Indian Air Force, which is facing an acute shortage of combat aircraft, is in advance talks with Russia for an urgent procurement of MiG 29 fighters that can be delivered at a relatively short notice.
The plan to acquire 21 additional aircraft to make a new squadron of MiG 29 jets that were first purchased in the 1980s has been discussed in detail last month and is expected to cost the Indian exchequer less than Rs 6,000 crore, government sources said.
This would come to Rs 285 crore per jet that would include weapon systems, training and other supporting equipment required for a new squadron. The negotiations are being carried out under the government-to-government pact with Russia.
The MiG 29s, if procured, will cost significantly lesser than the Rafale fighter jets that have been contracted at over Rs 1,611 crore per jet. However, the fighters are of an older generation and will not be produced afresh.
Sources said the fighters have been lying mothballed and the plan is to have them upgraded to the latest standard that would include air-to-ground capabilities, extended range and a new avionics and weapons package. “A very reasonable price has been shared and we are considering and evaluating the offer. A bilateral meeting was held last month,” sources told ET.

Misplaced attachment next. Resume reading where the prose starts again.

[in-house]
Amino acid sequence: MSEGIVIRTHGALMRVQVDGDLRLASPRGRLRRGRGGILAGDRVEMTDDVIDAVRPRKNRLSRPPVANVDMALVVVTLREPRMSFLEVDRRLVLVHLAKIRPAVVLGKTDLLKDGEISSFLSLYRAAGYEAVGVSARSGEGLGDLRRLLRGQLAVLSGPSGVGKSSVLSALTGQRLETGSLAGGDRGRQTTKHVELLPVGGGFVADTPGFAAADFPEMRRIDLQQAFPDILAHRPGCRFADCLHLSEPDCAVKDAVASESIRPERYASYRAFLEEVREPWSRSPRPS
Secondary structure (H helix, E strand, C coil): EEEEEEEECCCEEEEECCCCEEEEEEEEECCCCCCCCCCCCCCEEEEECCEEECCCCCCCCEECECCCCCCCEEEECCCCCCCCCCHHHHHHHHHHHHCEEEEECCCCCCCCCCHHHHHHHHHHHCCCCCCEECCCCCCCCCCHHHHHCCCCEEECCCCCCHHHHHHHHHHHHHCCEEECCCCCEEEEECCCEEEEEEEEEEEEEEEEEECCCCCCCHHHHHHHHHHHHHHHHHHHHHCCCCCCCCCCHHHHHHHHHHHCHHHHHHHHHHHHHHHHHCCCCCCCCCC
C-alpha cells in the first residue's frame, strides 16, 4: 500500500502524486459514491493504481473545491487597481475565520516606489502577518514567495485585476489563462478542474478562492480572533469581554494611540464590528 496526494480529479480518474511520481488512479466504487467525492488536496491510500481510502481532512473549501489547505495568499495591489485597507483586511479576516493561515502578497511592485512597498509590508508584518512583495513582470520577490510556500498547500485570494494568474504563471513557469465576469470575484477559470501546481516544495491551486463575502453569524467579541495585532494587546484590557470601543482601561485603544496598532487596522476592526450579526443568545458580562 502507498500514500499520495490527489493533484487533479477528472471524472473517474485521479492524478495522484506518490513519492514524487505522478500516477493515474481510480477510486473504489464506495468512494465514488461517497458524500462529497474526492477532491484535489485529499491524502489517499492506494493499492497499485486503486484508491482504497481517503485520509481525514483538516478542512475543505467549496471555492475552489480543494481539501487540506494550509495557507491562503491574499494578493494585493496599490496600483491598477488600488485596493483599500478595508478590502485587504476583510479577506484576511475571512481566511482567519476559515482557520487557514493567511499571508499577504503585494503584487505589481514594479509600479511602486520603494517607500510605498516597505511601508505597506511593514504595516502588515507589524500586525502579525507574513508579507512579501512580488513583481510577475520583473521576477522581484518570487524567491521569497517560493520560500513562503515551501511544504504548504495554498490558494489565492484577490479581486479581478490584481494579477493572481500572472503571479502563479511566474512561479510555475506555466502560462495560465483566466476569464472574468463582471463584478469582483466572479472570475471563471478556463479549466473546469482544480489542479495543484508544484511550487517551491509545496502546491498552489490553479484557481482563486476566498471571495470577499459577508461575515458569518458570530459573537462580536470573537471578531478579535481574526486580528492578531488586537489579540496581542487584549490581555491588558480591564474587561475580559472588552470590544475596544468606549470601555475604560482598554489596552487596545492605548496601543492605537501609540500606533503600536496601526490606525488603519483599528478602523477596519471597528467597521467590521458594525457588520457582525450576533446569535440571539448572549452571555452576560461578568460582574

The talks have gained strength as the Air Force faces a depleting fighter squadron strength that has now dwindled to just 31 against the sanctioned strength of 42. Even with the 36 Rafale jets on order, the strength is expected to nosedive over the next three years as several legacy MiG 21 and 27 squadrons go offline.
The Air Force currently operates three squadrons of the Russian fighter jets that are being upgraded in-house at its Base Repair Depot. While the multi-role jets have been operating since the 1980s, the air force had signed a Rs 3,850 crore deal in 2008 to upgrade the entire fleet and give it a life extension.
According to the defence ministry, the upgraded aircraft are now being used for routine operations in frontline squadrons and are equipped with the “state-of-the-art avionics, an array of smart air-to-air and air-to-ground weapons and in-flight refuelling”.
The Indian Navy too operates the naval version of the MiG 29, with the jets being the primary weapon of the INS Vikramaditya aircraft carrier. The navy has a total of 45 of the MiG 29K/KUB fighters in service, the last of which were ordered in 2010.